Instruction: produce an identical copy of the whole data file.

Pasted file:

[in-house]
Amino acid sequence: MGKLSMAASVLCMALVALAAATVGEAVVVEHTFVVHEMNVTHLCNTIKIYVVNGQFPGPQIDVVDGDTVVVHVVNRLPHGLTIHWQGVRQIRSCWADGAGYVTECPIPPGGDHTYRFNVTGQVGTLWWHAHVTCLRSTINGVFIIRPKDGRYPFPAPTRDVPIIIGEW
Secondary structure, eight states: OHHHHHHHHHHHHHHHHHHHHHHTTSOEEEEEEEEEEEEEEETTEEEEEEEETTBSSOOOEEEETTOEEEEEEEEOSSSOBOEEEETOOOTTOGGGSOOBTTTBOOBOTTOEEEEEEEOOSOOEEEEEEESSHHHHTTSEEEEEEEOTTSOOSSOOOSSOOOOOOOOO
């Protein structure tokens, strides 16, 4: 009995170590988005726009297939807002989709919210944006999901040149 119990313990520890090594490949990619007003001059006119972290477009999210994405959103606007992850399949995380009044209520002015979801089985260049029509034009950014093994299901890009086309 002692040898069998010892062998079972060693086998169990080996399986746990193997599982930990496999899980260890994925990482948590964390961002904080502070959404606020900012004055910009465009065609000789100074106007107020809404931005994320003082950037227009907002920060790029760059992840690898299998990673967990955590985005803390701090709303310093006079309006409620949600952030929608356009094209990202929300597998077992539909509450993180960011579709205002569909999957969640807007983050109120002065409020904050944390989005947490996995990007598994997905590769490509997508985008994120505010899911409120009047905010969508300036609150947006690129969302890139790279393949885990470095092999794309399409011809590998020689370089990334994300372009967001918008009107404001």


[in-house]
Amino acid sequence: MGKLSMAASVLCMALVALAAATVGEAVVVEHTFVVHEMNVTHLCNTIKIYVVNGQFPGPQIDVVDGDTVVVHVVNRLPHGLTIHWQGVRQIRSCWADGAGYVTECPIPPGGDHTYRFNVTGQVGTLWWHAHVTCLRSTINGVFIIRPKDGRYPFPAPTRDVPIIIGEW
Secondary structure, eight states: OHHHHHHHHHHHHHHHHHHHHHHTTSOEEEEEEEEEEEEEEETTEEEEEEEETTBSSOOOEEEETTOEEEEEEEEOSSSOBOEEEETOOOTTOGGGSOOBTTTBOOBOTTOEEEEEEEOOSOOEEEEEEESSHHHHTTSEEEEEEEOTTSOOSSOOOSSOOOOOOOOO
């Protein structure tokens, strides 16, 4: 009995170590988005726009297939807002989709919210944006999901040149 119990313990520890090594490949990619007003001059006119972290477009999210994405959103606007992850399949995380009044209520002015979801089985260049029509034009950014093994299901890009086309 002692040898069998010892062998079972060693086998169990080996399986746990193997599982930990496999899980260890994925990482948590964390961002904080502070959404606020900012004055910009465009065609000789100074106007107020809404931005994320003082950037227009907002920060790029760059992840690898299998990673967990955590985005803390701090709303310093006079309006409620949600952030929608356009094209990202929300597998077992539909509450993180960011579709205002569909999957969640807007983050109120002065409020904050944390989005947490996995990007598994997905590769490509997508985008994120505010899911409120009047905010969508300036609150947006690129969302890139790279393949885990470095092999794309399409011809590998020689370089990334994300372009967001918008009107404001």